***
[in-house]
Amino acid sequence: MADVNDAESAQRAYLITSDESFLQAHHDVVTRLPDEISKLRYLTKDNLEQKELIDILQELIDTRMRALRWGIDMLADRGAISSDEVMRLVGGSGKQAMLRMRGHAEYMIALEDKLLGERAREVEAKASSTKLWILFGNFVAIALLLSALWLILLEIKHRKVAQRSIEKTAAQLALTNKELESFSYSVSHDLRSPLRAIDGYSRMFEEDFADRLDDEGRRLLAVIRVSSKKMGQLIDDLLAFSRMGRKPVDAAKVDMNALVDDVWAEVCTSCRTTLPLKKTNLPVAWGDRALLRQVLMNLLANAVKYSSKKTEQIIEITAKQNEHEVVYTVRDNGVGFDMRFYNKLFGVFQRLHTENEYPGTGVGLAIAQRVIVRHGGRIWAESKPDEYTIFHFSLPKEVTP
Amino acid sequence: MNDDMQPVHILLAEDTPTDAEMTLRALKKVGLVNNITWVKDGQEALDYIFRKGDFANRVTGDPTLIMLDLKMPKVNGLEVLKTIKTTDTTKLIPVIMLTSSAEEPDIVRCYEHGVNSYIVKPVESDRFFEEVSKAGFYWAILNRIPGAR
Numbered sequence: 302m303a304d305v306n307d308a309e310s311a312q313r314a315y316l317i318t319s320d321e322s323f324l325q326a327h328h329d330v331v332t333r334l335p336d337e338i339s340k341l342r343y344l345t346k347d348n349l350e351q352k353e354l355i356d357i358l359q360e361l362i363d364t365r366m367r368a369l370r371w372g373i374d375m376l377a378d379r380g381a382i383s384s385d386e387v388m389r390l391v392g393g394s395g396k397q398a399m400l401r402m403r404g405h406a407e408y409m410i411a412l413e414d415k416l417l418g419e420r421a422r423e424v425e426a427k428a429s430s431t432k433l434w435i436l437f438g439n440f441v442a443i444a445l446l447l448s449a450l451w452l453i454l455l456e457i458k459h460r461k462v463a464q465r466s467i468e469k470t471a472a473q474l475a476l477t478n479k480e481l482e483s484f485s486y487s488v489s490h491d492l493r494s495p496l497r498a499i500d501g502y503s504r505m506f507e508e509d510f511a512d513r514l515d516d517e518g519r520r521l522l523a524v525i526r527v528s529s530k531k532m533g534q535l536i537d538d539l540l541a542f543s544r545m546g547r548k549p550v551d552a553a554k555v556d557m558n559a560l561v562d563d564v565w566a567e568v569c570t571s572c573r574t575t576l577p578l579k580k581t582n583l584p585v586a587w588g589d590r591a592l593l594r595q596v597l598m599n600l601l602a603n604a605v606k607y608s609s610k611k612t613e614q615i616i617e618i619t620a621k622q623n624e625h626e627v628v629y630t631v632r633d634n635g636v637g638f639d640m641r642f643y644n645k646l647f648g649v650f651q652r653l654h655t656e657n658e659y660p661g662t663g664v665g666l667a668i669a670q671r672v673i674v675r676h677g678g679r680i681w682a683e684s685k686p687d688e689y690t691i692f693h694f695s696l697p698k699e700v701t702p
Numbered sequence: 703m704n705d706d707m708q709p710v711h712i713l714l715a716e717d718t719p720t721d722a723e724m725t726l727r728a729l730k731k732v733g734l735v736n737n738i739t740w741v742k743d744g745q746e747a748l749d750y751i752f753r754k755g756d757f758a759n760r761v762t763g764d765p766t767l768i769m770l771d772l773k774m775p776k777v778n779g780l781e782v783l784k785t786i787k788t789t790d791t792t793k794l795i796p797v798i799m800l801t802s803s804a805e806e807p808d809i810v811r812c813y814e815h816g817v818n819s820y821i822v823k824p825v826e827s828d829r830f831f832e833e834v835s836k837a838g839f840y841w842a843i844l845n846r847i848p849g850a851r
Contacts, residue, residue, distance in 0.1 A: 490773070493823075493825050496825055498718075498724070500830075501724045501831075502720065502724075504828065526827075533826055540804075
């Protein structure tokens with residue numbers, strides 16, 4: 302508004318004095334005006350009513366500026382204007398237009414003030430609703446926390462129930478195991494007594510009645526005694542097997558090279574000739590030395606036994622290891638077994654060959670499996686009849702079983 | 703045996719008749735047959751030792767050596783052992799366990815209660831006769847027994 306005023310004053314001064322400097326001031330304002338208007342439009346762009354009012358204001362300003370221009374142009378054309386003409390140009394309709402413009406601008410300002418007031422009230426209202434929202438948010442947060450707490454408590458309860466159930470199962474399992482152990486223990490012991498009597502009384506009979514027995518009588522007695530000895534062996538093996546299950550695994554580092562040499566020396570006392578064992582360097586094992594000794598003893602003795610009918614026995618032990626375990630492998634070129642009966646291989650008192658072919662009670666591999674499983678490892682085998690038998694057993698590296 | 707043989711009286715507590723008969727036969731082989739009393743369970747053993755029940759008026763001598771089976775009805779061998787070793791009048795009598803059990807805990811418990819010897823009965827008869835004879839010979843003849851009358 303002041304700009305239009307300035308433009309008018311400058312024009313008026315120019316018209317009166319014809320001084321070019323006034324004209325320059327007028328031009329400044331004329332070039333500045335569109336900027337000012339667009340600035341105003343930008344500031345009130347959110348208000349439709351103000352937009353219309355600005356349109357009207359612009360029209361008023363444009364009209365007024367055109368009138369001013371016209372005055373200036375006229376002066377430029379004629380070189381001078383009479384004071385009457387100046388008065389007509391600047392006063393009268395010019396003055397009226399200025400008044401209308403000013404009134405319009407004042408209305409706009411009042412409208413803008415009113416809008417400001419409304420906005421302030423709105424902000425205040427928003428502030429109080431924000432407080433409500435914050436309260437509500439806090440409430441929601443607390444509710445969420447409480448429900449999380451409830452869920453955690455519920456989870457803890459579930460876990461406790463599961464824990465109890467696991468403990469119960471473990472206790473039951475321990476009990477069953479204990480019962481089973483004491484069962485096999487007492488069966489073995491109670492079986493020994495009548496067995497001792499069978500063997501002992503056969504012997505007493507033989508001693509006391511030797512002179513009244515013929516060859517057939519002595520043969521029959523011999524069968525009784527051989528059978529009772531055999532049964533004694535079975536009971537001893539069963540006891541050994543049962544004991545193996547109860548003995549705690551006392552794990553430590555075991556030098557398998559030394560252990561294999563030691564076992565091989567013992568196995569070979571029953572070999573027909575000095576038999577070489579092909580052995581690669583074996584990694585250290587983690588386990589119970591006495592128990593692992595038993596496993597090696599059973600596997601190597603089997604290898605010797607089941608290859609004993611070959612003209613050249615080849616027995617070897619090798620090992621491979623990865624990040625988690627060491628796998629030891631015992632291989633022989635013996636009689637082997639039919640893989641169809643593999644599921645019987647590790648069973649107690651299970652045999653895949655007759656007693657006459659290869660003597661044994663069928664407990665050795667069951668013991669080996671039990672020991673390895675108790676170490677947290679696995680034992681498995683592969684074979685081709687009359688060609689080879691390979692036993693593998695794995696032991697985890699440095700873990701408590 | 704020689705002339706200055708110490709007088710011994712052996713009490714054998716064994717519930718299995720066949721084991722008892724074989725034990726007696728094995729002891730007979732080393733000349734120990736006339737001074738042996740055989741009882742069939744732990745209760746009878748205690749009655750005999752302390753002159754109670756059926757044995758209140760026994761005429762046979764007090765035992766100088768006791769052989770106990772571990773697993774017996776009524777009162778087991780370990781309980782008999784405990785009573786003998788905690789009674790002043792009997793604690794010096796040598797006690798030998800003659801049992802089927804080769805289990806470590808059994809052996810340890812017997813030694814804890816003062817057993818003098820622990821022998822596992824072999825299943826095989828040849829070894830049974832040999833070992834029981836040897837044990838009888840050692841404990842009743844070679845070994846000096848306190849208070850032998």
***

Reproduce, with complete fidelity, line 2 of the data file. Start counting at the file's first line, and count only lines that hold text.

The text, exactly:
Amino acid sequence: MADVNDAESAQRAYLITSDESFLQAHHDVVTRLPDEISKLRYLTKDNLEQKELIDILQELIDTRMRALRWGIDMLADRGAISSDEVMRLVGGSGKQAMLRMRGHAEYMIALEDKLLGERAREVEAKASSTKLWILFGNFVAIALLLSALWLILLEIKHRKVAQRSIEKTAAQLALTNKELESFSYSVSHDLRSPLRAIDGYSRMFEEDFADRLDDEGRRLLAVIRVSSKKMGQLIDDLLAFSRMGRKPVDAAKVDMNALVDDVWAEVCTSCRTTLPLKKTNLPVAWGDRALLRQVLMNLLANAVKYSSKKTEQIIEITAKQNEHEVVYTVRDNGVGFDMRFYNKLFGVFQRLHTENEYPGTGVGLAIAQRVIVRHGGRIWAESKPDEYTIFHFSLPKEVTP